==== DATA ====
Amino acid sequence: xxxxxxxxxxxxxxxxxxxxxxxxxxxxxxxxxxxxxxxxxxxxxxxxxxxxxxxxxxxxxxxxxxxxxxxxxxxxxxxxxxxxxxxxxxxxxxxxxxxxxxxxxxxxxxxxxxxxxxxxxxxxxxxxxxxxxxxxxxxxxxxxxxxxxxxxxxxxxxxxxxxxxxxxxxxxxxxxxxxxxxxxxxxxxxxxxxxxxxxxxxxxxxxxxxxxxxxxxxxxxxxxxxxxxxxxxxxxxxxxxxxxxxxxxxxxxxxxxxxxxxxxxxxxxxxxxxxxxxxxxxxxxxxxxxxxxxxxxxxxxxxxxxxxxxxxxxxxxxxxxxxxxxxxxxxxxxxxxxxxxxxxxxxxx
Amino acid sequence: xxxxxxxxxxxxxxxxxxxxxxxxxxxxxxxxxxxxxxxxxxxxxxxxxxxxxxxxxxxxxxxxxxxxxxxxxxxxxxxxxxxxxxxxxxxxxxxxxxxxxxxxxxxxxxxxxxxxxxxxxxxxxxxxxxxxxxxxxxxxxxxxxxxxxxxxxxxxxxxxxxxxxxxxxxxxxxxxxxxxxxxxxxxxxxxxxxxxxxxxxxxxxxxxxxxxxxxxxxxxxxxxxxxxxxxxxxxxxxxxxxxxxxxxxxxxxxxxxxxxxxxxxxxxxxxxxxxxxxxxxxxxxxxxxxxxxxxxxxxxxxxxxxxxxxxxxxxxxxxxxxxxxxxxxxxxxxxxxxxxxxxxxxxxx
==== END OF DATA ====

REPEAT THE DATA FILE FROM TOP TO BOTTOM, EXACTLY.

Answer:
Amino acid sequence: xxxxxxxxxxxxxxxxxxxxxxxxxxxxxxxxxxxxxxxxxxxxxxxxxxxxxxxxxxxxxxxxxxxxxxxxxxxxxxxxxxxxxxxxxxxxxxxxxxxxxxxxxxxxxxxxxxxxxxxxxxxxxxxxxxxxxxxxxxxxxxxxxxxxxxxxxxxxxxxxxxxxxxxxxxxxxxxxxxxxxxxxxxxxxxxxxxxxxxxxxxxxxxxxxxxxxxxxxxxxxxxxxxxxxxxxxxxxxxxxxxxxxxxxxxxxxxxxxxxxxxxxxxxxxxxxxxxxxxxxxxxxxxxxxxxxxxxxxxxxxxxxxxxxxxxxxxxxxxxxxxxxxxxxxxxxxxxxxxxxxxxxxxxxx
Amino acid sequence: xxxxxxxxxxxxxxxxxxxxxxxxxxxxxxxxxxxxxxxxxxxxxxxxxxxxxxxxxxxxxxxxxxxxxxxxxxxxxxxxxxxxxxxxxxxxxxxxxxxxxxxxxxxxxxxxxxxxxxxxxxxxxxxxxxxxxxxxxxxxxxxxxxxxxxxxxxxxxxxxxxxxxxxxxxxxxxxxxxxxxxxxxxxxxxxxxxxxxxxxxxxxxxxxxxxxxxxxxxxxxxxxxxxxxxxxxxxxxxxxxxxxxxxxxxxxxxxxxxxxxxxxxxxxxxxxxxxxxxxxxxxxxxxxxxxxxxxxxxxxxxxxxxxxxxxxxxxxxxxxxxxxxxxxxxxxxxxxxxxxxxxxxxxxx